Hemingway's "In Our Time": Lost Generation
"The times, they are a changing," famous words spoken by Bob Dylan, a king of his generation. "Lost generations," is an interesting phrase, but what kind of meaning should it hold? Ernest Hemingway's In Our Time is a true representation of a "lost generation" for the simple reason that all generations are eventually lost as time goes by. Hemingway focuses on a generation he knows a great deal about- his own. It becomes apparent throughout the novel that Hemingway is trying to give the reader a feel for what times were like(or at least what he wanted or perceived them to be like) and knowingly or maybe even somewhat inadvertently conveys a message about the time period in question. All of the "messages" bring the reader to an understanding of a generation, the "lost generation" that appears to result from Hemingway's novel.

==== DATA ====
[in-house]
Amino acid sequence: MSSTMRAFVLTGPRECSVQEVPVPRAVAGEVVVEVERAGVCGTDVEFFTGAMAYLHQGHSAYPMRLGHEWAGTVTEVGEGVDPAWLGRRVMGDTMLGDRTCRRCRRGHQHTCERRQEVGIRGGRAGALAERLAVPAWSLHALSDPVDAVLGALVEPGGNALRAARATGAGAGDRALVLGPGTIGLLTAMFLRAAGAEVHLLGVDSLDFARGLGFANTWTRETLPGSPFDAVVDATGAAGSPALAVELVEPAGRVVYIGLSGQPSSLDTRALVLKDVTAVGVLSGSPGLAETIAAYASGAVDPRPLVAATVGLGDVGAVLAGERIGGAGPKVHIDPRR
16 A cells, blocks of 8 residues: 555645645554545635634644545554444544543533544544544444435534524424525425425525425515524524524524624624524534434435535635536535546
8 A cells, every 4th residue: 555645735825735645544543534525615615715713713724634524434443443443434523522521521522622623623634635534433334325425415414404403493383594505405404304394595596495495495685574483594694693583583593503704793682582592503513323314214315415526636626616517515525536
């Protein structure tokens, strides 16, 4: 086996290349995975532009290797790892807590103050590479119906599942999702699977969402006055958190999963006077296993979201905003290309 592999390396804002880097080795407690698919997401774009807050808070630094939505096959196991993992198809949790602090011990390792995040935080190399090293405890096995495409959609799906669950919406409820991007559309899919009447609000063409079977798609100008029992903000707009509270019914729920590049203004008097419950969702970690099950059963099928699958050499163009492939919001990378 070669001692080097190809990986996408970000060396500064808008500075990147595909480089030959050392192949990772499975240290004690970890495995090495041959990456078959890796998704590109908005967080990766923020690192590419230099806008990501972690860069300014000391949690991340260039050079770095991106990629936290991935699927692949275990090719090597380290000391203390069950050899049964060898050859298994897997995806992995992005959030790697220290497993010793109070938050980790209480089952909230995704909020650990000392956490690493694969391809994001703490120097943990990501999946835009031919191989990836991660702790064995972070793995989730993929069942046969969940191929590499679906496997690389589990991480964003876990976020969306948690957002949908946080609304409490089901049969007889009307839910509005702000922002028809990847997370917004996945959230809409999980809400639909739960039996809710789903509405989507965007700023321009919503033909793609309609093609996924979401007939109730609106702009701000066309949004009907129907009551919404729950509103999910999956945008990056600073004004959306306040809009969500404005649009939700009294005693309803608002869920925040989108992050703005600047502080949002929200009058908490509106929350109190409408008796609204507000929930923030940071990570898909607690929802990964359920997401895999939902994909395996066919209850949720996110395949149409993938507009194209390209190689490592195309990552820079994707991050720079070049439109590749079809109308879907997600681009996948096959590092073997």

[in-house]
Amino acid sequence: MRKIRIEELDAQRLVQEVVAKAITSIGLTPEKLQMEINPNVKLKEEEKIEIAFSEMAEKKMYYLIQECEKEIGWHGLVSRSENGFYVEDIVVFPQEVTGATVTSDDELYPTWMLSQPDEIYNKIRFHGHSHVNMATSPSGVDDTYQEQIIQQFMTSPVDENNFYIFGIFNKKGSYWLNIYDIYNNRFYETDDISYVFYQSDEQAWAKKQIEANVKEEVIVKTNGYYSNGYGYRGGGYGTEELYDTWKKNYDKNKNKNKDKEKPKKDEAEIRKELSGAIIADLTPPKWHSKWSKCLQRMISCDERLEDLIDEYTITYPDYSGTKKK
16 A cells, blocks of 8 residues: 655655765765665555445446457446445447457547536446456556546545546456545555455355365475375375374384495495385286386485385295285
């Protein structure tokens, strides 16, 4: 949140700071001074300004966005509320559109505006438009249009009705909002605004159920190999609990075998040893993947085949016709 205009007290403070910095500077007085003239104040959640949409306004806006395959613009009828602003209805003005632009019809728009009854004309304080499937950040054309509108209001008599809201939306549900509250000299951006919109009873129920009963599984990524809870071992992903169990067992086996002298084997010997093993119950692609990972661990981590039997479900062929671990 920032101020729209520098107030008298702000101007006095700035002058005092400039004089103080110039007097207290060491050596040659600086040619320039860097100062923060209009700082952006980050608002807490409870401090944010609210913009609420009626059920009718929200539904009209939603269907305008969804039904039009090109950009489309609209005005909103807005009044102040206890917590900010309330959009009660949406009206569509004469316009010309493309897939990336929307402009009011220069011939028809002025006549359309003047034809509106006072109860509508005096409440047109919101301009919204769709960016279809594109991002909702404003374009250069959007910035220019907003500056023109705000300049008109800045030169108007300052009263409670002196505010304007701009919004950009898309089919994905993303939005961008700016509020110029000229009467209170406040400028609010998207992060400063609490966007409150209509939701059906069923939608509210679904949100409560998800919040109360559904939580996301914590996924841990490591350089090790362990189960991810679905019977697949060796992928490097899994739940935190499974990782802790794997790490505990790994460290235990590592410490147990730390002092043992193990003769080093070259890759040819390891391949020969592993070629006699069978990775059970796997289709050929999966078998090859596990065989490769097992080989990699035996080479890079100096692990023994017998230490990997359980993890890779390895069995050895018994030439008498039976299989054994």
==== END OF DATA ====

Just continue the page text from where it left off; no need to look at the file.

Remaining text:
Ernest Hemingway uses intense short stories to leave a feeling of awe and wonder in the reader of In Our Time. One begins to become emotionally involved and attached to Hemingway's many stories, just as he himself appears to hold some personal attachment and emotion to each story. One could even speculate that In Our Time's main character Nick, is in fact, Hemingway himself. It seems as though no matter what age this novel is read at, it could be discussed as a representation of the "lost generation." What is meant by the phrase "lost generation?" Possibly it means the loss of a kindlier, friendlier, period of time. Maybe it means a loss of familiarity, closeness and strength of relationships; everyday things like the lost art of conversation. But at the same time, the characters in the stories appear to be part of a "lost generation" themselves. In "The Three- Day Blow," Nick and Bill spend a leisurely afternoon talking about baseball and books while enjoying a good "ole'" bottle of Irish whiskey. They manage to pass the time talking rather than watching "television" or going to the...
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